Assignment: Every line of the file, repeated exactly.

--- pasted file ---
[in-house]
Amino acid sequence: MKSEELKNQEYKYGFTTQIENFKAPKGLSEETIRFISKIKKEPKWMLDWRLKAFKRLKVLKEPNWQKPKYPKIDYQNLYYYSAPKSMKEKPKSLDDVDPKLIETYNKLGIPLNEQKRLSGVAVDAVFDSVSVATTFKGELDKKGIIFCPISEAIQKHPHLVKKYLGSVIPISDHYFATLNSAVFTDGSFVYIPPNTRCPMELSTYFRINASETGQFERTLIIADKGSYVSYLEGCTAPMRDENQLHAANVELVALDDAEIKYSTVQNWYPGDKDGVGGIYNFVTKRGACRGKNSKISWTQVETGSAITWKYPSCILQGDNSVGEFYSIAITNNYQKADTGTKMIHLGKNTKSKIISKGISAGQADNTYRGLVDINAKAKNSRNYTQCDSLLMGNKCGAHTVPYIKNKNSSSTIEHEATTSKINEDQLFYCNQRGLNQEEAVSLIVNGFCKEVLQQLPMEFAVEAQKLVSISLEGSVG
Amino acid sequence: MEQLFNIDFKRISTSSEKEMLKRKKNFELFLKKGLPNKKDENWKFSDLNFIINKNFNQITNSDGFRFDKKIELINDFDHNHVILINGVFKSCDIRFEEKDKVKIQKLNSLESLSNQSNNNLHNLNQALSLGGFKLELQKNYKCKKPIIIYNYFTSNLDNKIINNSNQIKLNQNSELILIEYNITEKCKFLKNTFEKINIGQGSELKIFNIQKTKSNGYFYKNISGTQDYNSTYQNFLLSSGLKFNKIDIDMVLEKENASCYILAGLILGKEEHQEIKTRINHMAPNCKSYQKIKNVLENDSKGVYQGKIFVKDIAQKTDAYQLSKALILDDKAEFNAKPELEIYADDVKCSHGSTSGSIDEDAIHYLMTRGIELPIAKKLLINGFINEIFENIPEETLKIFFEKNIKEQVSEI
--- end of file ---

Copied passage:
[in-house]
Amino acid sequence: MKSEELKNQEYKYGFTTQIENFKAPKGLSEETIRFISKIKKEPKWMLDWRLKAFKRLKVLKEPNWQKPKYPKIDYQNLYYYSAPKSMKEKPKSLDDVDPKLIETYNKLGIPLNEQKRLSGVAVDAVFDSVSVATTFKGELDKKGIIFCPISEAIQKHPHLVKKYLGSVIPISDHYFATLNSAVFTDGSFVYIPPNTRCPMELSTYFRINASETGQFERTLIIADKGSYVSYLEGCTAPMRDENQLHAANVELVALDDAEIKYSTVQNWYPGDKDGVGGIYNFVTKRGACRGKNSKISWTQVETGSAITWKYPSCILQGDNSVGEFYSIAITNNYQKADTGTKMIHLGKNTKSKIISKGISAGQADNTYRGLVDINAKAKNSRNYTQCDSLLMGNKCGAHTVPYIKNKNSSSTIEHEATTSKINEDQLFYCNQRGLNQEEAVSLIVNGFCKEVLQQLPMEFAVEAQKLVSISLEGSVG
Amino acid sequence: MEQLFNIDFKRISTSSEKEMLKRKKNFELFLKKGLPNKKDENWKFSDLNFIINKNFNQITNSDGFRFDKKIELINDFDHNHVILINGVFKSCDIRFEEKDKVKIQKLNSLESLSNQSNNNLHNLNQALSLGGFKLELQKNYKCKKPIIIYNYFTSNLDNKIINNSNQIKLNQNSELILIEYNITEKCKFLKNTFEKINIGQGSELKIFNIQKTKSNGYFYKNISGTQDYNSTYQNFLLSSGLKFNKIDIDMVLEKENASCYILAGLILGKEEHQEIKTRINHMAPNCKSYQKIKNVLENDSKGVYQGKIFVKDIAQKTDAYQLSKALILDDKAEFNAKPELEIYADDVKCSHGSTSGSIDEDAIHYLMTRGIELPIAKKLLINGFINEIFENIPEETLKIFFEKNIKEQVSEI